GM to Phase Out Oldsmobile;'02 Bravada Will Be Last New Olds
Oldsmobile is coming to the end of the roadGeneral Motors recently stated that the oldest brand name in U.S. automotive history will be retired during the next few years. GM executives admitted they had failed to erase the stodgy image of a brand that was once synonymous with American prosperity and dependability. "Phasing out the Oldsmobile brand was an especially tough decision for us,'' said Ron Zarrella, president of GM North America. He said that new customers were younger and more educated, but there weren't enough of them. Oldsmobiles will be built and sold as long as GM can make money on them. GM declined to give a more specific timetable, but said that the '02 Bravada sport utility vehicle coming out next year will be the last new Olds model. As part of the plan to wind down the Oldsmobile division, GM is offering people who bought new - and still own - '96-to-'01 Oldsmobiles a $1,500 coupon for a new Olds. Combined with other incentives, that leads to discounts of $5,000 on the 2000 Bravada.
In its latest effort to unload the dying Oldsmobile line, GM said that it will increase its three-year/36,000-mile warranty to five years or 60,000 miles for all 2000 and '01 Oldsmobile models, including the Bravada SUVs. "GM is talking about phasing out the line, but if they're not careful, the public will switch it off immediately,'' Burnham Securities' auto analyst David Healy said. "What you've got is an orphan, and you need a major set of incentives like this.''
The standard warranty plan provides bumper-to-bumper coverage for the first three years. The extended plan provides coverage for two additional years on the engine, the transmission, the front- and rear-wheel-drive assembly, the brakes, the suspension, the fuel system, the cooling system, the electrical system, the computer, and the steering system, GM said. Under the plan, the customer pays no deductible costs. "What we're trying to say is that you shouldn't be afraid to buy an Olds,'' states Oldsmobile spokesman Vince Muniga.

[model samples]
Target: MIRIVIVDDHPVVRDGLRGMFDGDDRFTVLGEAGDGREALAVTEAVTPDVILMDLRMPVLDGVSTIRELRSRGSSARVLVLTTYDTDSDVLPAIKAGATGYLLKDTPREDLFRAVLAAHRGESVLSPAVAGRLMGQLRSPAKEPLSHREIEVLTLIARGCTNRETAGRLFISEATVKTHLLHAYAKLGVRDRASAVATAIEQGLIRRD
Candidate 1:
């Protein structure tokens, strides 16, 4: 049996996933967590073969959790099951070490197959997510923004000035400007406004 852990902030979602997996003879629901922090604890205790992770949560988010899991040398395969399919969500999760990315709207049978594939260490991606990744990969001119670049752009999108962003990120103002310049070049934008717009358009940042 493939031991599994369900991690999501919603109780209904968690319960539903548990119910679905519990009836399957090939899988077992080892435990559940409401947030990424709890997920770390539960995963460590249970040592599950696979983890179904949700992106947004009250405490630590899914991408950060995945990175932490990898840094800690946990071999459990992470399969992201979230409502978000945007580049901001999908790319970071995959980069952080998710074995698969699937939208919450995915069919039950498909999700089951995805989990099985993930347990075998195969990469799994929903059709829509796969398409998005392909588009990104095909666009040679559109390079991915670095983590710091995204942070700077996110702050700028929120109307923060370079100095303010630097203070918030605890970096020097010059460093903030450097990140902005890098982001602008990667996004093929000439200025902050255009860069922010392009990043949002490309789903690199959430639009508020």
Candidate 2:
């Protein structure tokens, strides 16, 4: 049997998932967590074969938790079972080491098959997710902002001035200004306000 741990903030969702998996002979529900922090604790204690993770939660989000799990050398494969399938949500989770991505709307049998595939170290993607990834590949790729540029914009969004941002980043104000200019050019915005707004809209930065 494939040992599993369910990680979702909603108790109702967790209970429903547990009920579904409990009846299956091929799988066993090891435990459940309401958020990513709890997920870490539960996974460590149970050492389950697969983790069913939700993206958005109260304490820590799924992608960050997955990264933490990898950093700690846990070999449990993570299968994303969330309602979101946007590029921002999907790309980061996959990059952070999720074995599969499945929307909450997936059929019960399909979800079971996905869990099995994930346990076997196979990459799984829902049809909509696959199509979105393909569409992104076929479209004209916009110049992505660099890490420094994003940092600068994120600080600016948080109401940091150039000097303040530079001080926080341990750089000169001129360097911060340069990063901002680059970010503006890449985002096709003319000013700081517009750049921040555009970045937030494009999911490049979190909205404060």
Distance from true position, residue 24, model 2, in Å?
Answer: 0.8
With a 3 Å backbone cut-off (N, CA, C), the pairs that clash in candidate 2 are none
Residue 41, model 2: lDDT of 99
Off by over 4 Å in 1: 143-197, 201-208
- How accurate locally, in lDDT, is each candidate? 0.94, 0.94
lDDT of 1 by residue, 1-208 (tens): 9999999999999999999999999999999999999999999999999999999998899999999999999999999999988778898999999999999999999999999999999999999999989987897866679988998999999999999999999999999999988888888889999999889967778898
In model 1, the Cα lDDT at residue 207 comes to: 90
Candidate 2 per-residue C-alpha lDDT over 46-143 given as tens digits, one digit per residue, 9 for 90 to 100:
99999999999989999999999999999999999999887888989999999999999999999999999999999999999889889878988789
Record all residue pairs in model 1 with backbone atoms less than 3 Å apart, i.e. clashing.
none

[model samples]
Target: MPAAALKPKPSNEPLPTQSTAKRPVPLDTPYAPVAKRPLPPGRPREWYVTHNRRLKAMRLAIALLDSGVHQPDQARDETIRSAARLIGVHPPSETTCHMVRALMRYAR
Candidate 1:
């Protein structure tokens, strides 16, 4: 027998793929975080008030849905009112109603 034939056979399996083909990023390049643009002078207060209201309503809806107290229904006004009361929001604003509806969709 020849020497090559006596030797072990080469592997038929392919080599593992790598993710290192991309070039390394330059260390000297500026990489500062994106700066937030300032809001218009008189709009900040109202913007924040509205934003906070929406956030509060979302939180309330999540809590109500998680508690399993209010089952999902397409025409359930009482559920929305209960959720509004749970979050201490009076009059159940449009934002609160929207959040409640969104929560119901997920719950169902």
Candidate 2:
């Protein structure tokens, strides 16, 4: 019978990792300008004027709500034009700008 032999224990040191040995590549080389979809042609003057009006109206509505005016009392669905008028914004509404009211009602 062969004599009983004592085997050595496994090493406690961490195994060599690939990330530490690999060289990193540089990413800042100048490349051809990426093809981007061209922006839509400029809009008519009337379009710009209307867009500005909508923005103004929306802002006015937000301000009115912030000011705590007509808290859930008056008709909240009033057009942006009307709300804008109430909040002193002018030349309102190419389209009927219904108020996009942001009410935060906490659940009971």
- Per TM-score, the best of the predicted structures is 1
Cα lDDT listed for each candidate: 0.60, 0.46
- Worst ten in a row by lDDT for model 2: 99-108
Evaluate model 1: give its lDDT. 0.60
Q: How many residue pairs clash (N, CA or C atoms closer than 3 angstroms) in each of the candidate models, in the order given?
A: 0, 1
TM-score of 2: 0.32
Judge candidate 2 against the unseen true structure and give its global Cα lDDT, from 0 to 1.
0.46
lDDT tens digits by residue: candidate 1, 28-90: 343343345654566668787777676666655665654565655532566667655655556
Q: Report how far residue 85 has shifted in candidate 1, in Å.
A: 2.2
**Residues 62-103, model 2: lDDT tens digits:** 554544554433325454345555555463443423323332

Bureau of Land Management Looks to Expand Land Use Regulations
The BLM is currently looking at the manner in which off-road enthusiasts access and use public lands, as well as at the vehicles used for off-highway recreation. The Draft National Off-Highway Vehicle Strategy is the title of a document assembled by BLM officials, which is purported to "provide recreation opportunity for off-highway vehicles on public lands while protecting environmentally sensitive areas." Although the Draft Strategy makes no changes in land use regulations, the study identifies certain regulations that could be changed in a separate process if the BLM sees a need for expanded regulations.
Adena Cook, Director of the Blue Ribbon Coalition, a non-profit recreation group that encourages the responsible use of public lands, stated, "The BLM has suggested expanding the types of vehicles covered by the Draft Strategy to include new equipment, changing technology, and broadening recreational interests." The strategy will include updated regulations directed at 4x4s and ultra-light aircraft as well as bicycles and roller blades. Cook went on to say "...the Agency (BLM) has recognized that these diverse forms of outdoor enjoyment need both individual attention and integration into recreation management as a whole."